Is Your Gay BFF Ruining Your Love Life?

Is Your Gay BFF Ruining Your Love Life?

Is Your Gay BFF Ruining Your Love Life?

Is Your Gay BFF Ruining Your Love Life?
Your gay best friend. How much dependence is healthy?

He's your gay best friend and no straight man can live up to him. How this friendship can damage your chance for healthy relationship.

When I ride the New York subway, I'm the envy of most guys around me. I'm ruggedly handsome and have an understated sense of style (it seems I've perfected the sexy just-got-out-of-bed look) and I often have a big grin on my face—one that is inevitably triggered by the smart, sexy, funny woman at my side. On the face of it, we're picture-perfect. We banter; we flirt; I make her laugh like no other man can—at least, not on public transportation. It looks like a devastatingly irresistible dynamic. But not many know how devastating it can be.

You see, I'm the gay best friend. Eric McCormack, Paul Rudd, or Rupert Everett have played versions of me in movies and on TV. Or maybe you've seen someone like me on the street, arm in arm with an adoring woman, grinning at a private joke. It's the kind of friendship that has great perks. There are the late night calls after a bad date and the early morning boasting after a really good one. There's the reliable ego boosting—"Bald is the new black!"—and the hours of bad TV, usually ending in a heated debate about who's the sexiest man on Grey's Anatomy.

The connection between a gay man and a straight woman is one of the most exciting permutations of any relationship. It allows both parties to revel in the thrill of a close rapport with the opposite sex—without the pitfalls that often (OK, always) accompany dating. But though the dynamic is rewarding, it's rarely simple. Because friendships between gay men and straight women do not adhere to the strict guidelines governing physical and emotional intimacy, it's easy for them to impede the development of healthy romantic relationships.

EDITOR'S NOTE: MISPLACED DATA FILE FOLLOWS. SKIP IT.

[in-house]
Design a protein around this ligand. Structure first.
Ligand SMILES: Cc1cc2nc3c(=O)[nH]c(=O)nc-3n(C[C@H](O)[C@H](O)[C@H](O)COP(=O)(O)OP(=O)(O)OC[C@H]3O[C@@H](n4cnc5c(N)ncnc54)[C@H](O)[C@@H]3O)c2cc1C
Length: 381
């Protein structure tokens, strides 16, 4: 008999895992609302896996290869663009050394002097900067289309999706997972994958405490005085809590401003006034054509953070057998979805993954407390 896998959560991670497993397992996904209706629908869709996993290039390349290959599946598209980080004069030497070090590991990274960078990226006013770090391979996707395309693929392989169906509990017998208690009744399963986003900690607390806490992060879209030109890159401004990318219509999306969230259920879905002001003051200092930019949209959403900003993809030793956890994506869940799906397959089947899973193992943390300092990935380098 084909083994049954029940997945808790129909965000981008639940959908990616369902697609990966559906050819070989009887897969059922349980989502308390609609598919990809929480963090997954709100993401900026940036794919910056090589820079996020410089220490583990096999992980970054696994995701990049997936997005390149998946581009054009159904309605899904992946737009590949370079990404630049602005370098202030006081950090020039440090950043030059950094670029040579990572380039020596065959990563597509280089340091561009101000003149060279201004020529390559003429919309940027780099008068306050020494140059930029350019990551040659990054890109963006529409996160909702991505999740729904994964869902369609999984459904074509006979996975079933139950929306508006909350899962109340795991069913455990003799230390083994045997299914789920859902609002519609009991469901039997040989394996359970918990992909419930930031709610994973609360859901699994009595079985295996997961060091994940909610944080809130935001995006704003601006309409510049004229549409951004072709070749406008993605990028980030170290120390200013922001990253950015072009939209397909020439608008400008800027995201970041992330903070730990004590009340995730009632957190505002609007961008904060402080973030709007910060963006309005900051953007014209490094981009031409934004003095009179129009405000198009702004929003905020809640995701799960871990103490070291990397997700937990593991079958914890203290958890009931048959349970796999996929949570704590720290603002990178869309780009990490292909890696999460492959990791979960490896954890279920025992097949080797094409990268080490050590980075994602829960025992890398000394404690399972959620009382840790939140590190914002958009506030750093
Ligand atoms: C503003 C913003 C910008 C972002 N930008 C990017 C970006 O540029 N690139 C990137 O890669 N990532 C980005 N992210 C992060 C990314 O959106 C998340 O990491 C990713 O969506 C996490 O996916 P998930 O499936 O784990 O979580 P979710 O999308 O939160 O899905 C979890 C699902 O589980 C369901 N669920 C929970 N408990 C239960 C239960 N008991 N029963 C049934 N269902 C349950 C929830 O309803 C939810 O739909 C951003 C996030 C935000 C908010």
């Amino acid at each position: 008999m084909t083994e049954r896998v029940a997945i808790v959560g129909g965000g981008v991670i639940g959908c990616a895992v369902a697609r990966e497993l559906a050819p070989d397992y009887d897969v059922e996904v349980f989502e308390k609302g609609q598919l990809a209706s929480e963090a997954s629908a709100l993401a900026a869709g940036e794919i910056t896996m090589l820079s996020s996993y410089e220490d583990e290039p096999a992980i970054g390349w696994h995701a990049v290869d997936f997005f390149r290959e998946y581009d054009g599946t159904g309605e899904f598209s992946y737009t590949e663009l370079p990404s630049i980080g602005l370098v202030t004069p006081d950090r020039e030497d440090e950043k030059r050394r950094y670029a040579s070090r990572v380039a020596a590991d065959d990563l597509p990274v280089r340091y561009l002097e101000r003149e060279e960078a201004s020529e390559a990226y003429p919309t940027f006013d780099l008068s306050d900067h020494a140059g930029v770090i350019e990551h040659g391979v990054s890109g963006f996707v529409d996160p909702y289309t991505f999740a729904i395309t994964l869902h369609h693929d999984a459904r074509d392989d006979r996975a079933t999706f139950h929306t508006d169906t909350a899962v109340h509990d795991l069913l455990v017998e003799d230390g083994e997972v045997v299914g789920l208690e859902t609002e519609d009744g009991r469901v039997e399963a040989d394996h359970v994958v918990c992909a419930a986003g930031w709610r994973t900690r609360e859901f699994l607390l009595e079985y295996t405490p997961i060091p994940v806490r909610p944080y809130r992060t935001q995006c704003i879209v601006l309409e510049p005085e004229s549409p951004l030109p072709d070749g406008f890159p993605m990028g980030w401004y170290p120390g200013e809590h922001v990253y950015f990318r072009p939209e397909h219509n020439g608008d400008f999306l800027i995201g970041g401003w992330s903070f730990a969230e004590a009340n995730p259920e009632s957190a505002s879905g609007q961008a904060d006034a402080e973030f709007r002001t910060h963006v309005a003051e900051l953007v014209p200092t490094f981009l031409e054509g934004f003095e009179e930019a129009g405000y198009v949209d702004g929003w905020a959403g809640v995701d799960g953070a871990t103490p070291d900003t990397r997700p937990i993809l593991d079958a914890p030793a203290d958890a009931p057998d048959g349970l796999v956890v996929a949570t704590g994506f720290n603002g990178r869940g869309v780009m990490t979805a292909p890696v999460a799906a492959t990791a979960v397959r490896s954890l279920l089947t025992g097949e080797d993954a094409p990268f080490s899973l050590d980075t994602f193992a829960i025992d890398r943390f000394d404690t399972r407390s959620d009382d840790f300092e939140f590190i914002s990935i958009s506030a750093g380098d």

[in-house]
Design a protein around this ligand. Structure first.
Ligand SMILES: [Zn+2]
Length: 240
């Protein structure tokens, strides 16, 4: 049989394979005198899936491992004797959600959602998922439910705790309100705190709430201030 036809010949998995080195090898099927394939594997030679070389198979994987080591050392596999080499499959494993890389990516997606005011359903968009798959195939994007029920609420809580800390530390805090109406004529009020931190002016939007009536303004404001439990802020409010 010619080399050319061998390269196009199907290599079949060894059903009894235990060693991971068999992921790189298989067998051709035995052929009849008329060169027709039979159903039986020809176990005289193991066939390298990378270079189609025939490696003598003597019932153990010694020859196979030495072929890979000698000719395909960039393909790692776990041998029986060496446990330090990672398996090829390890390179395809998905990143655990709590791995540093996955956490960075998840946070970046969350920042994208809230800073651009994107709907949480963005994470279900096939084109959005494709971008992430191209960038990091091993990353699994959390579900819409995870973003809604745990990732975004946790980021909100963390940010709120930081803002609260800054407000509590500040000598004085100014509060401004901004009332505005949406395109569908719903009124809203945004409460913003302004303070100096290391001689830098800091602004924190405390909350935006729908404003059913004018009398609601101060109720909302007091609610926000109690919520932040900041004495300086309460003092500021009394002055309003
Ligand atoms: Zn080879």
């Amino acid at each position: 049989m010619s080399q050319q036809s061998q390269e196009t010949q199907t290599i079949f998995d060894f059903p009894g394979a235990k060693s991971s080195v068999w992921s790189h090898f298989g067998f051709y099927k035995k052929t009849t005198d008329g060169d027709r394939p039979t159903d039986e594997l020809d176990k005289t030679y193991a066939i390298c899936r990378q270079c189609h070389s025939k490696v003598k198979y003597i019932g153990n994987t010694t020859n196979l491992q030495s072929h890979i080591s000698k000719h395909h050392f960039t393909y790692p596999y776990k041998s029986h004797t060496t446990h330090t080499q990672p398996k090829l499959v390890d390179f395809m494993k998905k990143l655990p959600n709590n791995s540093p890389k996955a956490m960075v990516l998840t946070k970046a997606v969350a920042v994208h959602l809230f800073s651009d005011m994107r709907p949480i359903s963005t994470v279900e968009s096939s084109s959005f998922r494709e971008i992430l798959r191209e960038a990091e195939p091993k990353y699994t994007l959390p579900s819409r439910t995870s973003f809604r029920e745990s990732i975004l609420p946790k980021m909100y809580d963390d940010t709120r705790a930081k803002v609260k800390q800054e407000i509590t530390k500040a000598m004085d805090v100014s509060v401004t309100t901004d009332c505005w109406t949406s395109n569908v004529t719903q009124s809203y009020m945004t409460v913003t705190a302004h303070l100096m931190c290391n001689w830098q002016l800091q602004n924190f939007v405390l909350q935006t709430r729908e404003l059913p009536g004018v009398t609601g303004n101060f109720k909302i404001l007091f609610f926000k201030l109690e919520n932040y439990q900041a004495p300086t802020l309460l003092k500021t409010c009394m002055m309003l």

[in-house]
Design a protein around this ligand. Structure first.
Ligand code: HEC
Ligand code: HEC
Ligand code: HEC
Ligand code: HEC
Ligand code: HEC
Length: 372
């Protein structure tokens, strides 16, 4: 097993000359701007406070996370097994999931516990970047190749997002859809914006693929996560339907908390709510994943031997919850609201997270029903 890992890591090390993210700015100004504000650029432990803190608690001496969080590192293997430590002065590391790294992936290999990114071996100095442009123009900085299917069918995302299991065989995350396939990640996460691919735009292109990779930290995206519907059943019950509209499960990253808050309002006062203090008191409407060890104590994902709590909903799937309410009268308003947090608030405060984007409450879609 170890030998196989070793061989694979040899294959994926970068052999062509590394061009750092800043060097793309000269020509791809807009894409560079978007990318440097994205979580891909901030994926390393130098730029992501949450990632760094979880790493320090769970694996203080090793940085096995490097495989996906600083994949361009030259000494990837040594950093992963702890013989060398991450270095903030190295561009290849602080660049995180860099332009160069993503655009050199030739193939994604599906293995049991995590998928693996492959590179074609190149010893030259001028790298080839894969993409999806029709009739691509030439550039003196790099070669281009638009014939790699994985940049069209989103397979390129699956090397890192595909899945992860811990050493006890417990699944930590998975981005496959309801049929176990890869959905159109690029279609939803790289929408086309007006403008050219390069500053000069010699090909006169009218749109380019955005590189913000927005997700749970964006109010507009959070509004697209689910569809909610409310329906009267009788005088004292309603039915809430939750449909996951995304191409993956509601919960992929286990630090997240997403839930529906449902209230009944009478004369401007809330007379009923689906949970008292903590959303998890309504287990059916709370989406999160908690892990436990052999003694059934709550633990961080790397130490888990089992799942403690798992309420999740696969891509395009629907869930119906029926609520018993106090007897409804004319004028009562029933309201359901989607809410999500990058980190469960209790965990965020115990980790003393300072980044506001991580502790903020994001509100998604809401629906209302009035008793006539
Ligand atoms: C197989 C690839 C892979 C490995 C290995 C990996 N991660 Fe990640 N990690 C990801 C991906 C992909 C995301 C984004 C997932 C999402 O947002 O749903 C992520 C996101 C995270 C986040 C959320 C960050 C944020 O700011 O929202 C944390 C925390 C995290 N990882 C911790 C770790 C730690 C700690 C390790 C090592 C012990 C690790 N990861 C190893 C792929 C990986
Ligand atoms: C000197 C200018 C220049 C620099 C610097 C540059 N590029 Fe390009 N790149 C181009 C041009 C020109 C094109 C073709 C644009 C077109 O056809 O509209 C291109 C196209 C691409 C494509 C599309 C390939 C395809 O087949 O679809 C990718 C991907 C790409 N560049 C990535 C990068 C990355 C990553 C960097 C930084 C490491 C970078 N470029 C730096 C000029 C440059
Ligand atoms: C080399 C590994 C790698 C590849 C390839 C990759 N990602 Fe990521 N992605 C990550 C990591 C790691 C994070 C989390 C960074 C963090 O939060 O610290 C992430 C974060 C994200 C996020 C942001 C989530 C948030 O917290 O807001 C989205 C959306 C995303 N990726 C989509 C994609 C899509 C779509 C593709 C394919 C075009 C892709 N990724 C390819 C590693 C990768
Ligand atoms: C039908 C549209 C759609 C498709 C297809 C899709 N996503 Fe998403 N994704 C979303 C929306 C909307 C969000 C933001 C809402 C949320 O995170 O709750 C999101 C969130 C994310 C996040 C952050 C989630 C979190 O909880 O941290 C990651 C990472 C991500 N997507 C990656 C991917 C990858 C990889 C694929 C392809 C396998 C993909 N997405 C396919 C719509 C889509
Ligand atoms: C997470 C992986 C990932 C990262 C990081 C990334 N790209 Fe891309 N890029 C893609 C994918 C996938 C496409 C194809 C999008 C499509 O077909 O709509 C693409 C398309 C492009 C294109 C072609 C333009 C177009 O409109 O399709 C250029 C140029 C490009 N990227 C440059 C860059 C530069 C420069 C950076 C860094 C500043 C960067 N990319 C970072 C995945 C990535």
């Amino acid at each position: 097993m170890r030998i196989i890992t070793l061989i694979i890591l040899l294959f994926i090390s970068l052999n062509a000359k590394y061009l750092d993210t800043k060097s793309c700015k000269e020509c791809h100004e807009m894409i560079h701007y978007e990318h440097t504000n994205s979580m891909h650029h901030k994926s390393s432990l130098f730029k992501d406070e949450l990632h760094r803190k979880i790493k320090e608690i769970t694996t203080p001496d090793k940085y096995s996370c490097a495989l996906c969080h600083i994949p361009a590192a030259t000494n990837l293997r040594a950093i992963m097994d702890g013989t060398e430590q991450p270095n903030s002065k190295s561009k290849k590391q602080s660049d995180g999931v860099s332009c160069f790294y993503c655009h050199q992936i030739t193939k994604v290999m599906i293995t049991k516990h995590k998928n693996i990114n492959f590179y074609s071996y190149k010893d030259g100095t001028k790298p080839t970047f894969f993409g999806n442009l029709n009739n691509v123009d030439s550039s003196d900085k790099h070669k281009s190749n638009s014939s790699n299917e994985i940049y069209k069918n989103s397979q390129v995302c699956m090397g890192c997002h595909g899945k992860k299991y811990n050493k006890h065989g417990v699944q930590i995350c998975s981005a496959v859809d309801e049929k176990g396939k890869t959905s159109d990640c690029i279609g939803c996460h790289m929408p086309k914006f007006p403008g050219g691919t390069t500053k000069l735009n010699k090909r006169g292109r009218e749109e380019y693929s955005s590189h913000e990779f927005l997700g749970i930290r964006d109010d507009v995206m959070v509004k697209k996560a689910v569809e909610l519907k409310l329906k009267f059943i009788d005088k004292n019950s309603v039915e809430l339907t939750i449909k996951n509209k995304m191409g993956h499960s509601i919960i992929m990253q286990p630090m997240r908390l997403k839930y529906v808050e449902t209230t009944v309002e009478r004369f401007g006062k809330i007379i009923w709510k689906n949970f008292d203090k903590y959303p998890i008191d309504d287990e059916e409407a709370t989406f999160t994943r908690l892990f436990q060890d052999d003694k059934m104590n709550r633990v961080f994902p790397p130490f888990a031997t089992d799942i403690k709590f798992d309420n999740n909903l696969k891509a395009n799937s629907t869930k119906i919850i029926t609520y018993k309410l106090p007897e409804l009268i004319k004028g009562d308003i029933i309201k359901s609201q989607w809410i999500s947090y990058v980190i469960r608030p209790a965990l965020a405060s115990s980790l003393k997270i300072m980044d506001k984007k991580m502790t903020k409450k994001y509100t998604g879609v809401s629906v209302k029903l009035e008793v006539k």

Take Will & Grace. One of the sitcom's primary contributions to popular culture was its ability to candidly portray the feeling of being in love with one's best friend. As the title characters slipped into codependency worthy of an all-consuming romance, they found it increasingly difficult to cultivate meaningful relationships with other men. And because the list of women I've known and loved is—sadly—twice as long as the list of men I've loved and slept with, I, too, have fallen prey to what I've dubbed the "Will & Grace dilemma." Keep Reading...

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